> Kenneth ALFORD, MASTER OF MILITARY MUSIC [PS]: Classical CD Reviews- June2002 MusicWeb(UK)






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Kenneth ALFORD, MASTER OF MILITARY MUSIC

ALFORD: By Land and Sea; Cavalry of the Clouds; Colonel Bogey; Dunedin; Eagle Squadron; H M Jollies; The Voice of the Guns; The Thin Red Line; The Standard of St George; On the Quarterdeck; Colonel Bogey on Parade (potpourri) arr. ALFORD: A Life on the Ocean Wave; Dance in the Twilight (E COATES); Lilliburlero. STRACHEY: In Party Mood. HUBERT BATH: Out of the Blue. Various bands etc. mostly cond. Alford 55’ approx. CD CMM (Mc TMM) from This England, P O Box 52, Cheltenham, Gloucester GL50 1YQ (e-mail sales @ thisengland.co.uk; www.thisengland.co.uk) £8.95 encl. Post & packing in UK (£7.50) musicassette ditto).

Alford is renowned as Britain’s "March King" yet unlike John Philip Sousa, who composed at least a hundred and thirty examples, his reputation rests on just eighteen marches. He also wrote a handful of xylophone solos plus a few other non-march pieces and was responsible for many arrangements. But he was his own man. No-one would mistake one of his marches for one of Sousa. The most Sousa-like piece on this disc is Bath’s Out of the Blue, familiar for many decades as the signature tune of BBC Radio’s "Sports Report". Alford’s marches still stir the blood. Occasionally he jerks in an appropriate reference to other tunes, like a snatch of The Star Spangled Banner in Eagle Squadron and A Life on the Ocean Wave in H.M. Jollies.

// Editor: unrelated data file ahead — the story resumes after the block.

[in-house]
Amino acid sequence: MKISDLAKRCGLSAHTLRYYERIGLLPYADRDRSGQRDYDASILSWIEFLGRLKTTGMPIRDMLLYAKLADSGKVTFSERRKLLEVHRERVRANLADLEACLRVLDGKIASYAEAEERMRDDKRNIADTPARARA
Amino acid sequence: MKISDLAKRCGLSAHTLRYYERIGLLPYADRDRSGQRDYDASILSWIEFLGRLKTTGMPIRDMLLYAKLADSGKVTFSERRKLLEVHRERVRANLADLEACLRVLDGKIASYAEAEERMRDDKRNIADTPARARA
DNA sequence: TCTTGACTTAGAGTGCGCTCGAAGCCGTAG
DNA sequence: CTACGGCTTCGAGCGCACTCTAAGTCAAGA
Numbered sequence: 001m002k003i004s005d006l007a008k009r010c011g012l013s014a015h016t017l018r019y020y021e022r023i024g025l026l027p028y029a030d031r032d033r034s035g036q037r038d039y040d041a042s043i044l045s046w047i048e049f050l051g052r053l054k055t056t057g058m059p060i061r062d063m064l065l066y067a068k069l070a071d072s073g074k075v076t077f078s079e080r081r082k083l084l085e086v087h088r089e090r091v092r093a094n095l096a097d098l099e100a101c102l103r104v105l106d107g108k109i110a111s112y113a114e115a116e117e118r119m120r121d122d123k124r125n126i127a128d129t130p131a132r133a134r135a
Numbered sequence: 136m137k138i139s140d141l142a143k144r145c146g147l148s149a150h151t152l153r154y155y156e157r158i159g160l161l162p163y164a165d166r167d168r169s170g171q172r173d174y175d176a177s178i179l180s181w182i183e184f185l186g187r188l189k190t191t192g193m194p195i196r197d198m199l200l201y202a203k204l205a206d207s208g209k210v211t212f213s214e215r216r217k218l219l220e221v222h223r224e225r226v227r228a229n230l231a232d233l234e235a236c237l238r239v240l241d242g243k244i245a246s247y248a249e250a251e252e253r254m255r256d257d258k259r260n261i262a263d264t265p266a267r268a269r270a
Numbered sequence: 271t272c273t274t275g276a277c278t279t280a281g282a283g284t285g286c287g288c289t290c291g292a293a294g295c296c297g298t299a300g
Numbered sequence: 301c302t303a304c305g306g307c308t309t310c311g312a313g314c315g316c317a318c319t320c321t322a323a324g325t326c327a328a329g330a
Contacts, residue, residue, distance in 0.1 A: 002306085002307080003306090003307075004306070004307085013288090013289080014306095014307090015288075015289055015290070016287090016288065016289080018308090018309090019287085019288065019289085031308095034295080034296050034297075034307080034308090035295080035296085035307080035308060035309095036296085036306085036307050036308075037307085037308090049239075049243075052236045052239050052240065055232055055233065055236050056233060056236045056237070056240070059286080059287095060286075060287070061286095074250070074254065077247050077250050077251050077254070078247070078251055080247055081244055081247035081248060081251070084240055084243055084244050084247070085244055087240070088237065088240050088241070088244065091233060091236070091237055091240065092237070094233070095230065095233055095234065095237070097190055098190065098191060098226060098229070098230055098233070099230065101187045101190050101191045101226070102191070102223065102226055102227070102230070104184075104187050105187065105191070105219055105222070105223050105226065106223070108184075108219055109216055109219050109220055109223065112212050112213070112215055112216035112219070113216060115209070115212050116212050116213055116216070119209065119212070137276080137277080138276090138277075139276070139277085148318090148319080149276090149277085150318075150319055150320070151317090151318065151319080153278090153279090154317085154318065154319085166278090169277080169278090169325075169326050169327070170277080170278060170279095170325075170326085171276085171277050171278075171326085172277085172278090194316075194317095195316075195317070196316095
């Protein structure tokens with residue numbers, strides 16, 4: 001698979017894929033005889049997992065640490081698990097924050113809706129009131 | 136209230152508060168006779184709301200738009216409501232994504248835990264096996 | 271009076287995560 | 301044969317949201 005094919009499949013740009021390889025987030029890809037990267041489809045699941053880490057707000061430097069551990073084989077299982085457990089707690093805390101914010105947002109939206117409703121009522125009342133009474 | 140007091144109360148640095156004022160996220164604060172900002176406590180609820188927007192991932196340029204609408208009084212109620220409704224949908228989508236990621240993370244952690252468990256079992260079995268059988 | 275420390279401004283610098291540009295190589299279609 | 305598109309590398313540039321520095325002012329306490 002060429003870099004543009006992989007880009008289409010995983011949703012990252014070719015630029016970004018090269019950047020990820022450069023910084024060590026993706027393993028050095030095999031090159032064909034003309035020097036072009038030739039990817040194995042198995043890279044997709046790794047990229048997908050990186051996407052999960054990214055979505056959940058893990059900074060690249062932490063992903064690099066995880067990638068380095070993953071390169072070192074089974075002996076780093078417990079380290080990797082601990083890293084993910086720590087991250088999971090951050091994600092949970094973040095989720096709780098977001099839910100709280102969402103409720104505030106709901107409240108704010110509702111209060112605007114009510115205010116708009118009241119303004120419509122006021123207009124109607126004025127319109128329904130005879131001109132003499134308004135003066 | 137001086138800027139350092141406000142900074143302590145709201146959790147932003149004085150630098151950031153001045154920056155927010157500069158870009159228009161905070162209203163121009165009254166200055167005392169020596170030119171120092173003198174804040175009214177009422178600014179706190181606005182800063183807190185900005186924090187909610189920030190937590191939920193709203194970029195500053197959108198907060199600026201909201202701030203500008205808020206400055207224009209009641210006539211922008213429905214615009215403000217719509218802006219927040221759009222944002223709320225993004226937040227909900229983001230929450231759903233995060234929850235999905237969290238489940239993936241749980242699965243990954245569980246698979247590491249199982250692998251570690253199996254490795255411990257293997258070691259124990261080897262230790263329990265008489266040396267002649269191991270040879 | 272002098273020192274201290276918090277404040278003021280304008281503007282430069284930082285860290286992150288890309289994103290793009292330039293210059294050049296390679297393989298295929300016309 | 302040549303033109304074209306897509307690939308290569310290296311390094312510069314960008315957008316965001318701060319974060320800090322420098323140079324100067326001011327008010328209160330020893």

Alford the arranger is represented here, too, and the disc is filled out with other more or less appropriate items. Some may complain at the not over-generous measure. More disappointing, to my mind, is the lack of detail about the dates and performers of these tracks. These are historic recordings (from the sound of them, some date from the 1920s), played with great spirit and well transferred. We may perhaps assume that the majority of them are played by the Royal Marines Plymouth Band directed by Alford himself (who died in 1945). But This England with its care for and interest in the English heritage, usually so carefully pursued, should do better in the matter of documentation. That said, I have enjoyed its Alford "revival" and invite others to share my pleasure.

Philip Scowcroft

 


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